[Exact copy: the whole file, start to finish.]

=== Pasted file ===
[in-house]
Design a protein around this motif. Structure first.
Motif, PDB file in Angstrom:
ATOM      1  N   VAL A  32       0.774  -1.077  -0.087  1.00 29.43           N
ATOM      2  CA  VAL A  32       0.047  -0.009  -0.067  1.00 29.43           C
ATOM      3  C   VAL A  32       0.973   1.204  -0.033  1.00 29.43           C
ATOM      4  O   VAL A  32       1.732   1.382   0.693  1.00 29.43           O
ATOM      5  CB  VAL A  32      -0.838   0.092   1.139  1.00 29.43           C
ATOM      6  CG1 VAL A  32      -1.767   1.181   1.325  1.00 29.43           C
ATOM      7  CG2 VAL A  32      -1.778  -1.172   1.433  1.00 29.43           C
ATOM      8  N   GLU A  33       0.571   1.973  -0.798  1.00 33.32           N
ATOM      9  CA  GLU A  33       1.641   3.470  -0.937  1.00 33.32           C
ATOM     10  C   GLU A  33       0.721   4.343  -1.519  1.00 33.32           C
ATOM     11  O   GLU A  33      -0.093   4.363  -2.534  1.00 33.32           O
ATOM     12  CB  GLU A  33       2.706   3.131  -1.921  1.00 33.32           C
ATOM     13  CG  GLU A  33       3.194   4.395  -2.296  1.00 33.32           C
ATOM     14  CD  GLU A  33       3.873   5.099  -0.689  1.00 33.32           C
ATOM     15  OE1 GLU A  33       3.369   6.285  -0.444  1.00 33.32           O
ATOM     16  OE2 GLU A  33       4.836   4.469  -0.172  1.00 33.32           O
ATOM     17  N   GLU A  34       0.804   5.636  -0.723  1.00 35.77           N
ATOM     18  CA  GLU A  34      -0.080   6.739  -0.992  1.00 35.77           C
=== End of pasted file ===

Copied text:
[in-house]
Design a protein around this motif. Structure first.
Motif, PDB file in Angstrom:
ATOM      1  N   VAL A  32       0.774  -1.077  -0.087  1.00 29.43           N
ATOM      2  CA  VAL A  32       0.047  -0.009  -0.067  1.00 29.43           C
ATOM      3  C   VAL A  32       0.973   1.204  -0.033  1.00 29.43           C
ATOM      4  O   VAL A  32       1.732   1.382   0.693  1.00 29.43           O
ATOM      5  CB  VAL A  32      -0.838   0.092   1.139  1.00 29.43           C
ATOM      6  CG1 VAL A  32      -1.767   1.181   1.325  1.00 29.43           C
ATOM      7  CG2 VAL A  32      -1.778  -1.172   1.433  1.00 29.43           C
ATOM      8  N   GLU A  33       0.571   1.973  -0.798  1.00 33.32           N
ATOM      9  CA  GLU A  33       1.641   3.470  -0.937  1.00 33.32           C
ATOM     10  C   GLU A  33       0.721   4.343  -1.519  1.00 33.32           C
ATOM     11  O   GLU A  33      -0.093   4.363  -2.534  1.00 33.32           O
ATOM     12  CB  GLU A  33       2.706   3.131  -1.921  1.00 33.32           C
ATOM     13  CG  GLU A  33       3.194   4.395  -2.296  1.00 33.32           C
ATOM     14  CD  GLU A  33       3.873   5.099  -0.689  1.00 33.32           C
ATOM     15  OE1 GLU A  33       3.369   6.285  -0.444  1.00 33.32           O
ATOM     16  OE2 GLU A  33       4.836   4.469  -0.172  1.00 33.32           O
ATOM     17  N   GLU A  34       0.804   5.636  -0.723  1.00 35.77           N
ATOM     18  CA  GLU A  34      -0.080   6.739  -0.992  1.00 35.77           C